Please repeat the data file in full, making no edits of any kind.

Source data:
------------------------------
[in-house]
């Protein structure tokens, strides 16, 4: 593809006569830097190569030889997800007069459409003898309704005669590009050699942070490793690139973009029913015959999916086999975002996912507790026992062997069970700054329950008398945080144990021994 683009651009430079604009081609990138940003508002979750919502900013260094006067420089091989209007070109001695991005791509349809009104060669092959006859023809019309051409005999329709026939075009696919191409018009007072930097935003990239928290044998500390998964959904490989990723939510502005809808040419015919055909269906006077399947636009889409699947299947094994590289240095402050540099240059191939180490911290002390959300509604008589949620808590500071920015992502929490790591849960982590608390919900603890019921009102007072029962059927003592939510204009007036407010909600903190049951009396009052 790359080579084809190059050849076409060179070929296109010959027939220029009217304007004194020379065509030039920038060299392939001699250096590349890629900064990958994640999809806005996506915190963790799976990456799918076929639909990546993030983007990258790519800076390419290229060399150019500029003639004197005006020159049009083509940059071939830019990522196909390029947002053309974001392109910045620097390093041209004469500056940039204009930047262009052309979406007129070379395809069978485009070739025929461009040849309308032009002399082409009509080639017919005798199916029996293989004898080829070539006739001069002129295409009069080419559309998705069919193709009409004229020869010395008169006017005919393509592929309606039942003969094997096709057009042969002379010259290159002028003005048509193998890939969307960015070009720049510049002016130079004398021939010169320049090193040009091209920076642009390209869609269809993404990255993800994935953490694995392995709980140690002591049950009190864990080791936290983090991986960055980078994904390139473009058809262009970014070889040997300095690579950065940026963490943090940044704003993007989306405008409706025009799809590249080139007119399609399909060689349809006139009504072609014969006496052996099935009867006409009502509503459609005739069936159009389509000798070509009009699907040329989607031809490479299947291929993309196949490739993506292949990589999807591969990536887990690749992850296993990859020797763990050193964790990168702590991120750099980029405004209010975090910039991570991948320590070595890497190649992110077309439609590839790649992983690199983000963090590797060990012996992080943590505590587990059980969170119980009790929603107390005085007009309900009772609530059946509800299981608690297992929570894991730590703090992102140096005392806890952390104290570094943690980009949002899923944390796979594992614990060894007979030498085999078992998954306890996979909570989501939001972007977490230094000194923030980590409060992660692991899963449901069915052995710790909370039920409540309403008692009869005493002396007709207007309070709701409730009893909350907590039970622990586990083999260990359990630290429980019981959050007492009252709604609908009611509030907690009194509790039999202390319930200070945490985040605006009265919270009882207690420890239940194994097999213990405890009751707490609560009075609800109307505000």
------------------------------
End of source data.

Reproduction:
[in-house]
């Protein structure tokens, strides 16, 4: 593809006569830097190569030889997800007069459409003898309704005669590009050699942070490793690139973009029913015959999916086999975002996912507790026992062997069970700054329950008398945080144990021994 683009651009430079604009081609990138940003508002979750919502900013260094006067420089091989209007070109001695991005791509349809009104060669092959006859023809019309051409005999329709026939075009696919191409018009007072930097935003990239928290044998500390998964959904490989990723939510502005809808040419015919055909269906006077399947636009889409699947299947094994590289240095402050540099240059191939180490911290002390959300509604008589949620808590500071920015992502929490790591849960982590608390919900603890019921009102007072029962059927003592939510204009007036407010909600903190049951009396009052 790359080579084809190059050849076409060179070929296109010959027939220029009217304007004194020379065509030039920038060299392939001699250096590349890629900064990958994640999809806005996506915190963790799976990456799918076929639909990546993030983007990258790519800076390419290229060399150019500029003639004197005006020159049009083509940059071939830019990522196909390029947002053309974001392109910045620097390093041209004469500056940039204009930047262009052309979406007129070379395809069978485009070739025929461009040849309308032009002399082409009509080639017919005798199916029996293989004898080829070539006739001069002129295409009069080419559309998705069919193709009409004229020869010395008169006017005919393509592929309606039942003969094997096709057009042969002379010259290159002028003005048509193998890939969307960015070009720049510049002016130079004398021939010169320049090193040009091209920076642009390209869609269809993404990255993800994935953490694995392995709980140690002591049950009190864990080791936290983090991986960055980078994904390139473009058809262009970014070889040997300095690579950065940026963490943090940044704003993007989306405008409706025009799809590249080139007119399609399909060689349809006139009504072609014969006496052996099935009867006409009502509503459609005739069936159009389509000798070509009009699907040329989607031809490479299947291929993309196949490739993506292949990589999807591969990536887990690749992850296993990859020797763990050193964790990168702590991120750099980029405004209010975090910039991570991948320590070595890497190649992110077309439609590839790649992983690199983000963090590797060990012996992080943590505590587990059980969170119980009790929603107390005085007009309900009772609530059946509800299981608690297992929570894991730590703090992102140096005392806890952390104290570094943690980009949002899923944390796979594992614990060894007979030498085999078992998954306890996979909570989501939001972007977490230094000194923030980590409060992660692991899963449901069915052995710790909370039920409540309403008692009869005493002396007709207007309070709701409730009893909350907590039970622990586990083999260990359990630290429980019981959050007492009252709604609908009611509030907690009194509790039999202390319930200070945490985040605006009265919270009882207690420890239940194994097999213990405890009751707490609560009075609800109307505000």